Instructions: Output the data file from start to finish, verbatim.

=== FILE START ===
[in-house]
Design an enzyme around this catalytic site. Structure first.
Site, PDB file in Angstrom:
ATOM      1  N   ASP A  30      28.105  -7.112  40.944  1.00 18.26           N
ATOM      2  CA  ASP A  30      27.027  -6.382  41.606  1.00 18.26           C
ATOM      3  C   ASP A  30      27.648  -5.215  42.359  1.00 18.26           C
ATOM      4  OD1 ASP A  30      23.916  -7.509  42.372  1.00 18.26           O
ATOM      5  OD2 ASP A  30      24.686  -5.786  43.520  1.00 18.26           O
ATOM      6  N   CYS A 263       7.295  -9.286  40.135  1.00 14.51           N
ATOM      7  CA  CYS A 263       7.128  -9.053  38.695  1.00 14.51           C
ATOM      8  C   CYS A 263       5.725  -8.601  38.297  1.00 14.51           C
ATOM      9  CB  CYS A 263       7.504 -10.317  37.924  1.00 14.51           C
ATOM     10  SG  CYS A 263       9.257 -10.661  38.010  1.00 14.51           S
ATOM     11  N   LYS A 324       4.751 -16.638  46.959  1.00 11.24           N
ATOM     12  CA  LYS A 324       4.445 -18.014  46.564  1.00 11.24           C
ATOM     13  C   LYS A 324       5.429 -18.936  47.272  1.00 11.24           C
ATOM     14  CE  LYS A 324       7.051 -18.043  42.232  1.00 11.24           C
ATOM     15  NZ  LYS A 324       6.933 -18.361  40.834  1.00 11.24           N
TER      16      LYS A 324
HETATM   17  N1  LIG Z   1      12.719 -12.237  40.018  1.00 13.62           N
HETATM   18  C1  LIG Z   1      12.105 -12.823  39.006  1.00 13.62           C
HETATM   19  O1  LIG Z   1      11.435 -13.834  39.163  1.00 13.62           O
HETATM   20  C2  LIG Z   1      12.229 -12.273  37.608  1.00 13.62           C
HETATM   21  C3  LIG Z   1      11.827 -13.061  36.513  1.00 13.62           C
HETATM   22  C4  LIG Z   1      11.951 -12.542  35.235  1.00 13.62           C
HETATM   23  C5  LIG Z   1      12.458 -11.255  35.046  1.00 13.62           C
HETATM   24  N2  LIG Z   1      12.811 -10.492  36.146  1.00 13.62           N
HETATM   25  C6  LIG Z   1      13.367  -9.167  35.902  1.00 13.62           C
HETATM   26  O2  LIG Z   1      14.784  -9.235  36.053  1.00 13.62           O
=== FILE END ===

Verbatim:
[in-house]
Design an enzyme around this catalytic site. Structure first.
Site, PDB file in Angstrom:
ATOM      1  N   ASP A  30      28.105  -7.112  40.944  1.00 18.26           N
ATOM      2  CA  ASP A  30      27.027  -6.382  41.606  1.00 18.26           C
ATOM      3  C   ASP A  30      27.648  -5.215  42.359  1.00 18.26           C
ATOM      4  OD1 ASP A  30      23.916  -7.509  42.372  1.00 18.26           O
ATOM      5  OD2 ASP A  30      24.686  -5.786  43.520  1.00 18.26           O
ATOM      6  N   CYS A 263       7.295  -9.286  40.135  1.00 14.51           N
ATOM      7  CA  CYS A 263       7.128  -9.053  38.695  1.00 14.51           C
ATOM      8  C   CYS A 263       5.725  -8.601  38.297  1.00 14.51           C
ATOM      9  CB  CYS A 263       7.504 -10.317  37.924  1.00 14.51           C
ATOM     10  SG  CYS A 263       9.257 -10.661  38.010  1.00 14.51           S
ATOM     11  N   LYS A 324       4.751 -16.638  46.959  1.00 11.24           N
ATOM     12  CA  LYS A 324       4.445 -18.014  46.564  1.00 11.24           C
ATOM     13  C   LYS A 324       5.429 -18.936  47.272  1.00 11.24           C
ATOM     14  CE  LYS A 324       7.051 -18.043  42.232  1.00 11.24           C
ATOM     15  NZ  LYS A 324       6.933 -18.361  40.834  1.00 11.24           N
TER      16      LYS A 324
HETATM   17  N1  LIG Z   1      12.719 -12.237  40.018  1.00 13.62           N
HETATM   18  C1  LIG Z   1      12.105 -12.823  39.006  1.00 13.62           C
HETATM   19  O1  LIG Z   1      11.435 -13.834  39.163  1.00 13.62           O
HETATM   20  C2  LIG Z   1      12.229 -12.273  37.608  1.00 13.62           C
HETATM   21  C3  LIG Z   1      11.827 -13.061  36.513  1.00 13.62           C
HETATM   22  C4  LIG Z   1      11.951 -12.542  35.235  1.00 13.62           C
HETATM   23  C5  LIG Z   1      12.458 -11.255  35.046  1.00 13.62           C
HETATM   24  N2  LIG Z   1      12.811 -10.492  36.146  1.00 13.62           N
HETATM   25  C6  LIG Z   1      13.367  -9.167  35.902  1.00 13.62           C
HETATM   26  O2  LIG Z   1      14.784  -9.235  36.053  1.00 13.62           O